Learning a language

Tom Dougherty, CEO – Stealing Share

5 June 2019

The truth about learning a language

Learning a language, beyond my own native English (with an American bent), always serves as a keen interest for me. Maybe it was the two years in French 1 in high school? Maybe it was the two years I spent in French 2 in high school? Possibly it was the crush I had on my French professor in college. Even dated her a couple times.

To this day, even after years of being a terrible French student, I can remember a bit of French. I can understand 30% of what I hear. But I always lack the confidence to utter a single phrase.

Many opportunities to learn a language

Business has taken me all over the globe. I spent years working in the Middle East (Saudi Arabia and Egypt, mostly). After buying a few cassette tapes on learning Arabic way back then, I think I listened to them just a dozen times.

I learned how to say tea, bread, Al Salaam a’ alaykum (peace be upon you) and the ever important chouai chouai (“slow down” in the Egyptian vernacular). When I took a year abroad in college, I even studied a bit of Gaelic—a big help in business!

Enter Rosetta Stone

learning a languageLearning a language took a big turn for the better with the introduction of Rosetta Stone.

Before that, learning a language was difficult. In college, the gold standard was Berlitz. Remember that? Its reputation of teaching non-native language in those day was rock solid.

I remember thinking it owned the magic sauce. Pony up the bucks and voila (see, I speak French) and any language is mine for the taking.

Rosetta Stone moved to prominence because of the digital age. Attend classes? Nope. Read books on grammar? Nope. Listen to repetitive records (ou et la bibliothèque— the handiest of French phrases)? Nope.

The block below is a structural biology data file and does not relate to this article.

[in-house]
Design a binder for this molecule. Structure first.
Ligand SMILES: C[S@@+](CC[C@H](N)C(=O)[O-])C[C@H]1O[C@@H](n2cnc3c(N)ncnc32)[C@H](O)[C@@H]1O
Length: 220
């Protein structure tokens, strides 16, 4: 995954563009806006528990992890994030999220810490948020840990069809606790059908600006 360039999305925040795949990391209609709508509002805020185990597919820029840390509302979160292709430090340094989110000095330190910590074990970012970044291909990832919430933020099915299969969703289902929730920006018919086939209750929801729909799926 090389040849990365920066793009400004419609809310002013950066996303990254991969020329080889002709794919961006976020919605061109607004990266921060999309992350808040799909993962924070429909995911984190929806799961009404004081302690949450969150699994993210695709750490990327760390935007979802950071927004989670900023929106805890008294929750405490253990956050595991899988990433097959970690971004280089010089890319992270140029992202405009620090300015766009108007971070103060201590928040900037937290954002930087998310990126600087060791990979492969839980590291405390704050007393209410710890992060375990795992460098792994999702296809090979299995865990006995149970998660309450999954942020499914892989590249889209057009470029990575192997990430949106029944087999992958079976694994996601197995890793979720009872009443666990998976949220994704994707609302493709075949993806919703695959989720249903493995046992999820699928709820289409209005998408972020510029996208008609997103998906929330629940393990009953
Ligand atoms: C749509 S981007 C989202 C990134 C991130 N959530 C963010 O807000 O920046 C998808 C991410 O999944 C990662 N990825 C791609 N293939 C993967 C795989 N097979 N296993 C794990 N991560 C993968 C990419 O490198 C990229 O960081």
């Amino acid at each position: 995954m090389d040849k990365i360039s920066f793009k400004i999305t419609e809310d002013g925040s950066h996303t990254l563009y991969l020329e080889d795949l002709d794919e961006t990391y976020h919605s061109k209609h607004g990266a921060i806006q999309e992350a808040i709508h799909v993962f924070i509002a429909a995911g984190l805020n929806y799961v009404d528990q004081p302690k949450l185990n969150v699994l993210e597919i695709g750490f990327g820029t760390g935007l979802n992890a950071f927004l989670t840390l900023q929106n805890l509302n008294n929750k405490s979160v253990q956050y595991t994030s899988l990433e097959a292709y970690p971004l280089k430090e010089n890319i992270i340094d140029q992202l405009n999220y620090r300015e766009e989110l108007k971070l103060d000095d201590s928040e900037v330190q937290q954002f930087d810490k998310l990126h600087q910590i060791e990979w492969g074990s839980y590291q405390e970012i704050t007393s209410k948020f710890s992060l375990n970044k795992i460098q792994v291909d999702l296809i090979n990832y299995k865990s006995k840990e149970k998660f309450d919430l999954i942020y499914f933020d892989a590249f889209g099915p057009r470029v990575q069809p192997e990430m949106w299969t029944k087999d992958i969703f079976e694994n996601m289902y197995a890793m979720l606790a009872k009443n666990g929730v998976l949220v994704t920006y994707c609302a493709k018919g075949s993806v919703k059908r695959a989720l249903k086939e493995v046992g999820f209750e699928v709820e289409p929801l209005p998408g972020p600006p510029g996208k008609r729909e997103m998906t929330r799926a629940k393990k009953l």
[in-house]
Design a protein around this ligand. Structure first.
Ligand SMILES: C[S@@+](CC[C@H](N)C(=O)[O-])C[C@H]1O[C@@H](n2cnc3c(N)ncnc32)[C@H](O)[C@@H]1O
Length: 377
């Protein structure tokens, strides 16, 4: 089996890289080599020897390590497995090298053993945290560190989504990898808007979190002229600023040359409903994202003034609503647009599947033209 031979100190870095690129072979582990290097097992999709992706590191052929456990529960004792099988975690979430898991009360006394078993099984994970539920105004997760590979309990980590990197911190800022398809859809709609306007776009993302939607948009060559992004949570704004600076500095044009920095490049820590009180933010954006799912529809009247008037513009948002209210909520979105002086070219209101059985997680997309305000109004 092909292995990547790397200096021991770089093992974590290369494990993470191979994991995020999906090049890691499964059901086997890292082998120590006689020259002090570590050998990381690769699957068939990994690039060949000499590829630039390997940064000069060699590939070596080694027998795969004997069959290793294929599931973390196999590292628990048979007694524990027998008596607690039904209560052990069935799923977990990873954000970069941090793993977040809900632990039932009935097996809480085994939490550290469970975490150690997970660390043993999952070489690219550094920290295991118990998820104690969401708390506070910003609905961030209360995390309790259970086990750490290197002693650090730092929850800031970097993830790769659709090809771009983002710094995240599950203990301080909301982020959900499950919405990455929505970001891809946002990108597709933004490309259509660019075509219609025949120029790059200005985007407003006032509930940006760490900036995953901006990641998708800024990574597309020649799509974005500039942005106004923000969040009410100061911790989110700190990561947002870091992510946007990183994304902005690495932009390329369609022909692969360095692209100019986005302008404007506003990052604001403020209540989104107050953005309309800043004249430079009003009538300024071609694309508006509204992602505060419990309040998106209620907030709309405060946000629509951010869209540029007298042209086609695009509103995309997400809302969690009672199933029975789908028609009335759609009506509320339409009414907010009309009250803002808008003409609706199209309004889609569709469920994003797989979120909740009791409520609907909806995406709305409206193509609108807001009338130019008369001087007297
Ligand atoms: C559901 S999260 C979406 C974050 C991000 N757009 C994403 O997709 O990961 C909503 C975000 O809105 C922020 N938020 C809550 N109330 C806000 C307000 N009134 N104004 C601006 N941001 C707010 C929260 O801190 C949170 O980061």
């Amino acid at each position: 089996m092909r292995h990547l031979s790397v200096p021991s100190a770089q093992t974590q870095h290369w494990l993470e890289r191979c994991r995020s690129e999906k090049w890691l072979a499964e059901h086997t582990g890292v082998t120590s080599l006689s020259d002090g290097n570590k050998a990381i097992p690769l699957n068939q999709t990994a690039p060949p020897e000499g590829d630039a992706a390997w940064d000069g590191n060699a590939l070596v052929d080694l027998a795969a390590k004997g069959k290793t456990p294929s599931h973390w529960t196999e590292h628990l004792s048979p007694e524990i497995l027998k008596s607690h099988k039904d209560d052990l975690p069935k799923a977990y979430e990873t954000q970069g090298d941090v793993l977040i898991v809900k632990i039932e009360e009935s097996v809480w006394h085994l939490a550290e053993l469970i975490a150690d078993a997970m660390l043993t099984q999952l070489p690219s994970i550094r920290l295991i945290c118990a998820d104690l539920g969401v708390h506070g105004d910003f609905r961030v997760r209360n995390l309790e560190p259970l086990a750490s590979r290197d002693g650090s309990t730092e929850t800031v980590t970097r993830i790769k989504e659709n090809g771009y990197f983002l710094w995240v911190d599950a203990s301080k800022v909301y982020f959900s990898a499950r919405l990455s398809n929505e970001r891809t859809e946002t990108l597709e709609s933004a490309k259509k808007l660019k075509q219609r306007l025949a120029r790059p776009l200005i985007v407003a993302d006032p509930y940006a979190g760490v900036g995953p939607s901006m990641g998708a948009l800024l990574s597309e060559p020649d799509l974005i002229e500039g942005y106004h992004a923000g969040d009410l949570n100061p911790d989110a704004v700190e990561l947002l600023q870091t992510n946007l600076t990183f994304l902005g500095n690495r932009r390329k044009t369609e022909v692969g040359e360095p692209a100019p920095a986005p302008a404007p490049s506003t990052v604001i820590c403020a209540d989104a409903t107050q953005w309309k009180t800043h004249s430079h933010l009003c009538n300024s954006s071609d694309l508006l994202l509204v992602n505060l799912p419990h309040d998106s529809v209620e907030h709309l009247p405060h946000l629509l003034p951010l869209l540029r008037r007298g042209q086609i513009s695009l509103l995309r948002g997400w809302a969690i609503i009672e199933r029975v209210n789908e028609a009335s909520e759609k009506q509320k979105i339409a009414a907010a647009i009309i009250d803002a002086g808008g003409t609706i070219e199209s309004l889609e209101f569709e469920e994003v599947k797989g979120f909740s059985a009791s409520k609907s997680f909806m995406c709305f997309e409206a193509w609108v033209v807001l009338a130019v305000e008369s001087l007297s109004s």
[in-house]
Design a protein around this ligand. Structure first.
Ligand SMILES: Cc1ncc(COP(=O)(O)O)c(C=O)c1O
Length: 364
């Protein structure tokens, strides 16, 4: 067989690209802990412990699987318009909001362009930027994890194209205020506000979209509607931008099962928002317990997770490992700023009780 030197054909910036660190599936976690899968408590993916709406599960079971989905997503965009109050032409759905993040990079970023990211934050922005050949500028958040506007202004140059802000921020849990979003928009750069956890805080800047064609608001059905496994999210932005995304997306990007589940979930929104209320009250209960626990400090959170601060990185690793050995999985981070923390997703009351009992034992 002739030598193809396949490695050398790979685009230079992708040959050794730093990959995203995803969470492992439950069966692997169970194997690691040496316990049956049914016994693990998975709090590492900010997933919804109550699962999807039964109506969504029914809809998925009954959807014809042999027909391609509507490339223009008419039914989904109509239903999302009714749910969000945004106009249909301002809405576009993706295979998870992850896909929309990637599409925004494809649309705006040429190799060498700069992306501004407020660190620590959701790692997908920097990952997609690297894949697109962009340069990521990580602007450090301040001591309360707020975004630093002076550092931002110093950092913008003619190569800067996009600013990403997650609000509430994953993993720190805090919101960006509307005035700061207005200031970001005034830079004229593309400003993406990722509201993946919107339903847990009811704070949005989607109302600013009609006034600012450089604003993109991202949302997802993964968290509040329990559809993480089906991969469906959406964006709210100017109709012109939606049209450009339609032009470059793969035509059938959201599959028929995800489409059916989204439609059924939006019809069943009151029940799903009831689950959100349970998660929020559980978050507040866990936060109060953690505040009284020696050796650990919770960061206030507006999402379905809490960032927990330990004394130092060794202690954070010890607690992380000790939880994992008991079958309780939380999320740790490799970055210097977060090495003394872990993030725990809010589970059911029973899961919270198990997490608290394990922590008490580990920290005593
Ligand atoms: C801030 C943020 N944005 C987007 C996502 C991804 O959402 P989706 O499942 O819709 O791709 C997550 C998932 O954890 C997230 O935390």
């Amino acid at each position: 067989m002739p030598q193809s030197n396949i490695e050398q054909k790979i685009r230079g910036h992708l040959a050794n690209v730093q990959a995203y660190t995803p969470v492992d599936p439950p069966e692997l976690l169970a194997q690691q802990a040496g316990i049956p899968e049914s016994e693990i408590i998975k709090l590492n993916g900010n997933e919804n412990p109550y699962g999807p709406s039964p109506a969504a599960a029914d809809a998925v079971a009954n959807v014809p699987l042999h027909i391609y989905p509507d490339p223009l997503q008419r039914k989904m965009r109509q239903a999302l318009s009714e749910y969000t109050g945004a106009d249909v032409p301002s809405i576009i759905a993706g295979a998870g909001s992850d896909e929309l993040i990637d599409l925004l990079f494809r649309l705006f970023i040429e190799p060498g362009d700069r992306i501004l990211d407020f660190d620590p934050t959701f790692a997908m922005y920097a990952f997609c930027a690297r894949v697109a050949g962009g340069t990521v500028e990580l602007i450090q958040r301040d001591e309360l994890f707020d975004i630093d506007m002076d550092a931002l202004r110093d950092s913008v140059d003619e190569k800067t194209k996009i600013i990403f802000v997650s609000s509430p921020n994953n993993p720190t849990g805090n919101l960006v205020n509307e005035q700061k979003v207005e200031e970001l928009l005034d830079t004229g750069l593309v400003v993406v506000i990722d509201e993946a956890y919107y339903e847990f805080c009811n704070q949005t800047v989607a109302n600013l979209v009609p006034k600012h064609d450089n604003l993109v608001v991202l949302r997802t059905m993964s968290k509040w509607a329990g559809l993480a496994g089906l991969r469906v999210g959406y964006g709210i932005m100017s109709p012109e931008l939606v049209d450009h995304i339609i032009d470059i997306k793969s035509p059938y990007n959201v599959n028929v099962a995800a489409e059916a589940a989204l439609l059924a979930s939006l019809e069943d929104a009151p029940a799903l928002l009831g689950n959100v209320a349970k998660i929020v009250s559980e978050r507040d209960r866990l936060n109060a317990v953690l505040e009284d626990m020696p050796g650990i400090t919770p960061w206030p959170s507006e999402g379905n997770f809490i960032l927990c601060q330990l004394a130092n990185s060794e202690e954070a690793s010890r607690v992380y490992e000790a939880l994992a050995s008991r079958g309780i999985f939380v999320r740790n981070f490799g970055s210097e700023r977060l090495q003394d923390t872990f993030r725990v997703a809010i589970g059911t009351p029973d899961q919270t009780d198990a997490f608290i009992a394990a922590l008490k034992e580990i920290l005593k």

Just speak along with the images and voice, and you are there.

Learning a language suddenly seemed easy

And it is! Like W.C. Fields reminding us how easy it was to quit drinking (“It’s easy. I’ve done it a thousand times”) Rosetta Stone arrived at my home.

I bought French 1,2, and 3. Spanish 1 and 2. Italian 1,2 and 3. And a couple of years back, German 1 and 2. Danka. Money well spent.

However, I still only speak English. (Did I mention Mandarin in that mix?)

The only thing easy about Rosetta Stone is that you can now go through the program online without any CDs. (I wonder how people run CDs on their PCs anymore?)

Of course, the problem is still mine. I don’t practice every day. Overcome with enthusiasm I BUY. Then enthusiasm wains and I stop practicing. After all, Babbel is free. Well, it was (more on that confusion later).

Learning a language. Enter Babel Fish.

Learning a language has never been easier today. Just type a phrase in your phone and there is the multi-language translator. Babel Fish was the answer. Then it became Bing Translator (lost a bit of magic and mystery in that rebranding).

But Babel Fish is still in my imagination. Enough so that a new teaching platform – Babbel – seems somehow familiar. It already owns brand meaning.

I don’t have the market share at my fingertips, but the online language services market is a $46 billion industry. And I think Babbel is the new Rosetta Stone. It owns easy.

And its marketing says so.

Watch these two commercials.

“Instead of focusing on the purpose of the purchase, Rosetta Stone focuses on the process. Foolish idea. No one buys a learning a language package to struggle with being bad at first. We buy because of the magic.”

Rosetta Stone. Playing with scared money.

Playing with scared money is a gambling term. It means playing a game like craps without abandon. You should only gamble with money you can afford to lose. Anything else is “scared money.”

Watch Rosetta Stone’s response to Babbel. Then I’ll tell you why it is a mistake.

The learning a language game is afoot

Even though the magic of learning a language quickly and simply drove Rosetta Stone to prominence (the marketing focused on a purpose). It’s reacting to Babbel by grabbing market space defensively.

Instead of focusing on the purpose of the purchase, Rosetta Stone focuses on the process. Foolish idea. No one buys a learning a language package to struggle with being bad at first. We buy because of the magic.

The sad truth is that purpose always usurps process. And belief usurps both. (Read about the power of precepts in marketing here.)

What Rosetta Stone forgot was it is not in the business of successfully teaching a language. It is in the business of selling a means to do so.

Want proof? Ill dust off all my CDs.

See more posts in the following related categories: brand strategy

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